Accordingly we have found a process for the preparation of polytetrahydrofuran or polytetrahydrofuran monoesters of c1 -c10 mono-carboxylic acids by the polymerization of tetrahydrofuran over a heterogeneous catalyst in the presence of one of the telogens water, 1,4-butanediol or polytetrahydrofuran of a molecular weight of from 200 to 700 dalton, or of a C1 -C10 monocarboxylic acid or mixtures of these telogens, wherein a supported catalyst is used as catalyst which contains a catalytically active amount of an oxygen-containing tungsten or molybdenum compound or a mixture of these compounds on an oxidic support material and which has been calcined at temperatures ranging from 500° to 1000° C. following the application of the precursor compounds of the oxygen-containing molybdenum and/or tungsten compounds to the support material precursor.

The polymerization catalysts used in the process according to the invention are supported catalysts consisting of an oxidic support material, which contain oxygen-containing molybdenum or tungsten compounds or mixtures of such compounds as catalytically active compounds and which furthermore, if desired, can be additionally doped with sulfate or phosphate groups. In order to convert them to their catalytically active form the supported catalysts are subjected, following the application of the precursor compounds of the catalytically active, oxygen-containing molybdenum and/or tungsten compounds to the support material, to calcination at a temperature of from 500° to 1000° C., the support material and the precursor compound experiencing conversion to the catalysts which can be used in the process of the invention.

Examples of suitable oxidic supports are zirconium dioxide, titanium dioxide, hafnium oxide, yttrium oxide, lron(III) oxide, aluminum oxide, tin(IV) oxide, silicon dioxide, zinc oxide, or mixtures of these oxides. Zirconium dioxide and/or titanium dioxide are particularly preferred.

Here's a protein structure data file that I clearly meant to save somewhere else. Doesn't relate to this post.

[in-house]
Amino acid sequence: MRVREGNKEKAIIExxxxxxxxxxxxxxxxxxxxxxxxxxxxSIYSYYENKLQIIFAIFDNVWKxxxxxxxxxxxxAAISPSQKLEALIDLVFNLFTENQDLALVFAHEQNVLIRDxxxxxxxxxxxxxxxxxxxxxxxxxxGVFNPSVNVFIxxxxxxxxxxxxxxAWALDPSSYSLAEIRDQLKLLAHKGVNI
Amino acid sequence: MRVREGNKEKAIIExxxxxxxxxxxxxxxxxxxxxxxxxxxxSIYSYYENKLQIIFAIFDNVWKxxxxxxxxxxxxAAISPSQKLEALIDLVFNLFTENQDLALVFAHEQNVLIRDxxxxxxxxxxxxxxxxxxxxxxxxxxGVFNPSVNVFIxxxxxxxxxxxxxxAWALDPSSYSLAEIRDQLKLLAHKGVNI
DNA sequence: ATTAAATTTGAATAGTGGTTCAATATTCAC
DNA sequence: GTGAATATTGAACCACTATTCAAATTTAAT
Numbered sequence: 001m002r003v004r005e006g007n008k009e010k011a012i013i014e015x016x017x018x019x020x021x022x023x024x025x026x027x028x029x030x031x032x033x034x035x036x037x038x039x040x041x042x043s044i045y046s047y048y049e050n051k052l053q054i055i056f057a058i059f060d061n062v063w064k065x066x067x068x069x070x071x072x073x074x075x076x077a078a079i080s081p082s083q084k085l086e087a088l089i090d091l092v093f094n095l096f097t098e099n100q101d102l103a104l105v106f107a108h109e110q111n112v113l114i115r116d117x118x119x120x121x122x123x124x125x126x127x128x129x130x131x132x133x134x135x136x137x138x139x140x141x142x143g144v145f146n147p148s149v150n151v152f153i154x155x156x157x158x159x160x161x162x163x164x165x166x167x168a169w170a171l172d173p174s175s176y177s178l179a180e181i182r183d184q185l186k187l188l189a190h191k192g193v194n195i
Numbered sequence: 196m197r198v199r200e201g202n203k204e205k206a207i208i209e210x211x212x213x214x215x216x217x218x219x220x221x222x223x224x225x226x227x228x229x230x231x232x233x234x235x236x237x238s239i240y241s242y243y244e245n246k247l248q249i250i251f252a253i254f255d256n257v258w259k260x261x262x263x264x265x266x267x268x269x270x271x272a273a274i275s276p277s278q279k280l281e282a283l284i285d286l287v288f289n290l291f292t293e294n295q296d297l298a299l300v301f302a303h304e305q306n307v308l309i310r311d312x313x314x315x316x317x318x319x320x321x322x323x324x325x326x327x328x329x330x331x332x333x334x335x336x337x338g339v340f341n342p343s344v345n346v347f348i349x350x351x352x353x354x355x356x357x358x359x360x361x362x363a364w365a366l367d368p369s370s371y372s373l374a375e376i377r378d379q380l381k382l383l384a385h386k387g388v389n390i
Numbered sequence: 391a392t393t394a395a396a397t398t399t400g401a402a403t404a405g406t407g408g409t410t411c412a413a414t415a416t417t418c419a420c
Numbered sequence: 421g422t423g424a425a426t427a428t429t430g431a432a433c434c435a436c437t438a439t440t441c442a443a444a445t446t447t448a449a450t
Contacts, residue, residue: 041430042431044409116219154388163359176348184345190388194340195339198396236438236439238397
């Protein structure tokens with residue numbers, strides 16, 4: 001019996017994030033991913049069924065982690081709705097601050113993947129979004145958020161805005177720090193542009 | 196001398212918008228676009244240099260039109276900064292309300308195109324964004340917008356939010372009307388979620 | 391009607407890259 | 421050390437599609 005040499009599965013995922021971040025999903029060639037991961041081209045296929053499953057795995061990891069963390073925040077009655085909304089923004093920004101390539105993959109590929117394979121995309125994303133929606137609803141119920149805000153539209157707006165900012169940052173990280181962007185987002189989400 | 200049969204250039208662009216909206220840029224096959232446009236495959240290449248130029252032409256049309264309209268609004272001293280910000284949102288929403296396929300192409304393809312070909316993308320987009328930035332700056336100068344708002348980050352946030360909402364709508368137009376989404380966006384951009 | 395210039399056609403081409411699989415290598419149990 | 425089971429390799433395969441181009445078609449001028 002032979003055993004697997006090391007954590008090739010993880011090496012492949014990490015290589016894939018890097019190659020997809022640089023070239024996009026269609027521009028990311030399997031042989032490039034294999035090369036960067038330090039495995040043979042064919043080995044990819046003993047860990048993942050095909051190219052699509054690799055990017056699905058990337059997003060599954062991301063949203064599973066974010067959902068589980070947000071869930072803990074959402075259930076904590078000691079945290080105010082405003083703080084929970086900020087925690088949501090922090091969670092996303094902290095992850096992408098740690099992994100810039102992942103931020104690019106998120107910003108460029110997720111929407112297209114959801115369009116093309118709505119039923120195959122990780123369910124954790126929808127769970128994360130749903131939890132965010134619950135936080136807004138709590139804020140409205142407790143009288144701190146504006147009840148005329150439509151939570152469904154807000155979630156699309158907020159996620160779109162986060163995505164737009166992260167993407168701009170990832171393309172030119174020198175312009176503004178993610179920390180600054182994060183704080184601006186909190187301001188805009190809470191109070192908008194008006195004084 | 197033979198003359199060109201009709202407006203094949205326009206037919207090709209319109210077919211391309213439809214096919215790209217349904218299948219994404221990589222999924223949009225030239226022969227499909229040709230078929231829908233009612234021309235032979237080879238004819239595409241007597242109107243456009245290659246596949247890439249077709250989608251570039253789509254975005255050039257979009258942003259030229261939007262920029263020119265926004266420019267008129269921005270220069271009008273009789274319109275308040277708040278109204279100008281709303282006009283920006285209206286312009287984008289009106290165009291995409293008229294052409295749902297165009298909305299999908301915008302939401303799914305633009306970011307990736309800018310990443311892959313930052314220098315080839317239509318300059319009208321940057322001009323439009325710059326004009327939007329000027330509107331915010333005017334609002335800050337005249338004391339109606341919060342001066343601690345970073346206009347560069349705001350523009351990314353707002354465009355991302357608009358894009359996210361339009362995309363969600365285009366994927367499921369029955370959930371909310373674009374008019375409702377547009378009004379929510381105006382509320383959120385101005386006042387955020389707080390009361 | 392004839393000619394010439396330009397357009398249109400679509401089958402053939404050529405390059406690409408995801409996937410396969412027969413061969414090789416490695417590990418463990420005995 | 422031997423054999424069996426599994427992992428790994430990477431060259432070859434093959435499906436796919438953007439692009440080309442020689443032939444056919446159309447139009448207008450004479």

The catalysts which can be used in the process of the invention contain in general from 0.1 to 50 wt % and preferably from 1 to 30 wt % and more preferably from 5 to 20 wt % of the catalytically active, oxygen-containing compounds of molybdenum or tungsten or the mixtures of the catalytically active, oxygen-containing compounds of these metals, in each case based on the total weight of the catalyst, and in each case calculated as MoO3 or WO3 respectively, since the chemical structure of the catalytically active, oxygen-containing compounds of molybdenum and/or tungsten is not yet exactly known but can only be postulated, eg, from the data of the IR spectra of the catalysts which can be used in the process of the invention.

In all cases, the catalysts according to the invention can be doped, in addition to containing the catalytically active, oxygen-containing molybdenum and/or tungsten compounds, with from 0.05 to 10 wt %, preferably with from 0.1 to 5 wt %, and more preferably with from 0.25 to 3 wt % of oxygen-containing compounds containing sulfur and/or phosphorus, in each case calculated on the total weight of the catalyst. Since it is likewise not known in what chemical form these compounds containing sulfur or phosphorus are present in the finished catalyst, the contents of these groups in the catalyst are in all cases calculated as SO4 or PO4 respectively.